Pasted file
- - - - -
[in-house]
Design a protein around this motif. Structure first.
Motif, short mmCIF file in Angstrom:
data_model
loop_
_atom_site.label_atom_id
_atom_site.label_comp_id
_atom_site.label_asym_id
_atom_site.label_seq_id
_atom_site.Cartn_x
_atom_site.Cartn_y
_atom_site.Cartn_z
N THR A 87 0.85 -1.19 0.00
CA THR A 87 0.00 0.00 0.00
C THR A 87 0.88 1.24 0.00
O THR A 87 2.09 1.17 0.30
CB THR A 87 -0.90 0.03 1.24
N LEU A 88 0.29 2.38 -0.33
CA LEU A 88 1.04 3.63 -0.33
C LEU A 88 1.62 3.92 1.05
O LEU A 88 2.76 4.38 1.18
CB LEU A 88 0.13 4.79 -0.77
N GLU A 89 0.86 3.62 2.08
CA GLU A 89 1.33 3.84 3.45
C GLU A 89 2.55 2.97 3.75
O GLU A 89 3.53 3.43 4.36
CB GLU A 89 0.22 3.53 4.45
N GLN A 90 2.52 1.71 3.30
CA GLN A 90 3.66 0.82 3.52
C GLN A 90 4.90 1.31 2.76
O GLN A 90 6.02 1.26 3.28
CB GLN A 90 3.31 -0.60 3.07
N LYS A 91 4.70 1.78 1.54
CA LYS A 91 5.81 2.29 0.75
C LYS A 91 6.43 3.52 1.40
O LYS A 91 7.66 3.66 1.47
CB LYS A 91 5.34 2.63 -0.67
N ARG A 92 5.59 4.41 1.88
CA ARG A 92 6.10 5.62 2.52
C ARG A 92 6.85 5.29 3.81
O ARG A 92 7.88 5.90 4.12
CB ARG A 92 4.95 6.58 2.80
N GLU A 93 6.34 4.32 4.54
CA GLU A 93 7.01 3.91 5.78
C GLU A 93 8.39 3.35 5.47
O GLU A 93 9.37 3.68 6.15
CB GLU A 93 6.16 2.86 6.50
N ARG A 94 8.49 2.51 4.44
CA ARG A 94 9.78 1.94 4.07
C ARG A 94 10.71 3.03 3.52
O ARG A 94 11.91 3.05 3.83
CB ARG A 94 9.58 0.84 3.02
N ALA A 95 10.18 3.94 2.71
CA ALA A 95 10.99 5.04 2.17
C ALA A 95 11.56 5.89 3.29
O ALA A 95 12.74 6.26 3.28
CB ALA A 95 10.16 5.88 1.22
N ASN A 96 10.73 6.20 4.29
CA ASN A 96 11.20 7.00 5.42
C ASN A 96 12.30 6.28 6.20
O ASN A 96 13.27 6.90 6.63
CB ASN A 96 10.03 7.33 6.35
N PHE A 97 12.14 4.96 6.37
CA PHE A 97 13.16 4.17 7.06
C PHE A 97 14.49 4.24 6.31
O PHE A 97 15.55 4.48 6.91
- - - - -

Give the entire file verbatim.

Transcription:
[in-house]
Design a protein around this motif. Structure first.
Motif, short mmCIF file in Angstrom:
data_model
loop_
_atom_site.label_atom_id
_atom_site.label_comp_id
_atom_site.label_asym_id
_atom_site.label_seq_id
_atom_site.Cartn_x
_atom_site.Cartn_y
_atom_site.Cartn_z
N THR A 87 0.85 -1.19 0.00
CA THR A 87 0.00 0.00 0.00
C THR A 87 0.88 1.24 0.00
O THR A 87 2.09 1.17 0.30
CB THR A 87 -0.90 0.03 1.24
N LEU A 88 0.29 2.38 -0.33
CA LEU A 88 1.04 3.63 -0.33
C LEU A 88 1.62 3.92 1.05
O LEU A 88 2.76 4.38 1.18
CB LEU A 88 0.13 4.79 -0.77
N GLU A 89 0.86 3.62 2.08
CA GLU A 89 1.33 3.84 3.45
C GLU A 89 2.55 2.97 3.75
O GLU A 89 3.53 3.43 4.36
CB GLU A 89 0.22 3.53 4.45
N GLN A 90 2.52 1.71 3.30
CA GLN A 90 3.66 0.82 3.52
C GLN A 90 4.90 1.31 2.76
O GLN A 90 6.02 1.26 3.28
CB GLN A 90 3.31 -0.60 3.07
N LYS A 91 4.70 1.78 1.54
CA LYS A 91 5.81 2.29 0.75
C LYS A 91 6.43 3.52 1.40
O LYS A 91 7.66 3.66 1.47
CB LYS A 91 5.34 2.63 -0.67
N ARG A 92 5.59 4.41 1.88
CA ARG A 92 6.10 5.62 2.52
C ARG A 92 6.85 5.29 3.81
O ARG A 92 7.88 5.90 4.12
CB ARG A 92 4.95 6.58 2.80
N GLU A 93 6.34 4.32 4.54
CA GLU A 93 7.01 3.91 5.78
C GLU A 93 8.39 3.35 5.47
O GLU A 93 9.37 3.68 6.15
CB GLU A 93 6.16 2.86 6.50
N ARG A 94 8.49 2.51 4.44
CA ARG A 94 9.78 1.94 4.07
C ARG A 94 10.71 3.03 3.52
O ARG A 94 11.91 3.05 3.83
CB ARG A 94 9.58 0.84 3.02
N ALA A 95 10.18 3.94 2.71
CA ALA A 95 10.99 5.04 2.17
C ALA A 95 11.56 5.89 3.29
O ALA A 95 12.74 6.26 3.28
CB ALA A 95 10.16 5.88 1.22
N ASN A 96 10.73 6.20 4.29
CA ASN A 96 11.20 7.00 5.42
C ASN A 96 12.30 6.28 6.20
O ASN A 96 13.27 6.90 6.63
CB ASN A 96 10.03 7.33 6.35
N PHE A 97 12.14 4.96 6.37
CA PHE A 97 13.16 4.17 7.06
C PHE A 97 14.49 4.24 6.31
O PHE A 97 15.55 4.48 6.91